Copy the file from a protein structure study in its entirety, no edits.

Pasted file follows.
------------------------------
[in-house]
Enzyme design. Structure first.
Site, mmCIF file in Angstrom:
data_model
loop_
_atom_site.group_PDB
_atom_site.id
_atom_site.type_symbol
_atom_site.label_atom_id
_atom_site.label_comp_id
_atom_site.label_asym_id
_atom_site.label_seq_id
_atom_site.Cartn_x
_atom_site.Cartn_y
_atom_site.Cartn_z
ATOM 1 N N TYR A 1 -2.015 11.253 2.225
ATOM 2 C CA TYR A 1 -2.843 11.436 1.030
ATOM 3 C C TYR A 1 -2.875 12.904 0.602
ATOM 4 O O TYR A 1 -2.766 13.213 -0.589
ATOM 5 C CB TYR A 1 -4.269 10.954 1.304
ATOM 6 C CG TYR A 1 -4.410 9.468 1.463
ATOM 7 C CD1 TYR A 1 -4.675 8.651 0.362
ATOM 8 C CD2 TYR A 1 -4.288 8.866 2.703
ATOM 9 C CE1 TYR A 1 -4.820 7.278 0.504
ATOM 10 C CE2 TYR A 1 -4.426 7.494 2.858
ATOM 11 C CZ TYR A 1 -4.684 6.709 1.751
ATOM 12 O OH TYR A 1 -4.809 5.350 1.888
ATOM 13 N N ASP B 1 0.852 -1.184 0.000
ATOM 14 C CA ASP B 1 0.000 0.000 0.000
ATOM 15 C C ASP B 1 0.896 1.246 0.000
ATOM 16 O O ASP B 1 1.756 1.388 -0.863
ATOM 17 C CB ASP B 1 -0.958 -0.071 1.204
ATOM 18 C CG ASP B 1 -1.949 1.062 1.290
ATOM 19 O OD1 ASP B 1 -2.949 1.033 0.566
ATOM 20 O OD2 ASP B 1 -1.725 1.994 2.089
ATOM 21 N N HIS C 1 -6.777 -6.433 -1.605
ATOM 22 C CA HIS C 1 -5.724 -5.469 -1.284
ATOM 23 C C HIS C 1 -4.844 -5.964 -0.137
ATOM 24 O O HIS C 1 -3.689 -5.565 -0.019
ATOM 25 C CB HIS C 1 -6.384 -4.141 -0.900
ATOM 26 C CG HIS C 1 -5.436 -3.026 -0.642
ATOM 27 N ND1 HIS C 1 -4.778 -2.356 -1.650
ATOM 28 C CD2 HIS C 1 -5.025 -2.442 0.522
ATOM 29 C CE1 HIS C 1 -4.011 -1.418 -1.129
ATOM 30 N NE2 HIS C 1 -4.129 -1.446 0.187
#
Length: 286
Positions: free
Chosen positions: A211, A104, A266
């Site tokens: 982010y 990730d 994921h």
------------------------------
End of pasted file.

[in-house]
Enzyme design. Structure first.
Site, mmCIF file in Angstrom:
data_model
loop_
_atom_site.group_PDB
_atom_site.id
_atom_site.type_symbol
_atom_site.label_atom_id
_atom_site.label_comp_id
_atom_site.label_asym_id
_atom_site.label_seq_id
_atom_site.Cartn_x
_atom_site.Cartn_y
_atom_site.Cartn_z
ATOM 1 N N TYR A 1 -2.015 11.253 2.225
ATOM 2 C CA TYR A 1 -2.843 11.436 1.030
ATOM 3 C C TYR A 1 -2.875 12.904 0.602
ATOM 4 O O TYR A 1 -2.766 13.213 -0.589
ATOM 5 C CB TYR A 1 -4.269 10.954 1.304
ATOM 6 C CG TYR A 1 -4.410 9.468 1.463
ATOM 7 C CD1 TYR A 1 -4.675 8.651 0.362
ATOM 8 C CD2 TYR A 1 -4.288 8.866 2.703
ATOM 9 C CE1 TYR A 1 -4.820 7.278 0.504
ATOM 10 C CE2 TYR A 1 -4.426 7.494 2.858
ATOM 11 C CZ TYR A 1 -4.684 6.709 1.751
ATOM 12 O OH TYR A 1 -4.809 5.350 1.888
ATOM 13 N N ASP B 1 0.852 -1.184 0.000
ATOM 14 C CA ASP B 1 0.000 0.000 0.000
ATOM 15 C C ASP B 1 0.896 1.246 0.000
ATOM 16 O O ASP B 1 1.756 1.388 -0.863
ATOM 17 C CB ASP B 1 -0.958 -0.071 1.204
ATOM 18 C CG ASP B 1 -1.949 1.062 1.290
ATOM 19 O OD1 ASP B 1 -2.949 1.033 0.566
ATOM 20 O OD2 ASP B 1 -1.725 1.994 2.089
ATOM 21 N N HIS C 1 -6.777 -6.433 -1.605
ATOM 22 C CA HIS C 1 -5.724 -5.469 -1.284
ATOM 23 C C HIS C 1 -4.844 -5.964 -0.137
ATOM 24 O O HIS C 1 -3.689 -5.565 -0.019
ATOM 25 C CB HIS C 1 -6.384 -4.141 -0.900
ATOM 26 C CG HIS C 1 -5.436 -3.026 -0.642
ATOM 27 N ND1 HIS C 1 -4.778 -2.356 -1.650
ATOM 28 C CD2 HIS C 1 -5.025 -2.442 0.522
ATOM 29 C CE1 HIS C 1 -4.011 -1.418 -1.129
ATOM 30 N NE2 HIS C 1 -4.129 -1.446 0.187
#
Length: 286
Positions: free
Chosen positions: A211, A104, A266
């Site tokens: 982010y 990730d 994921h």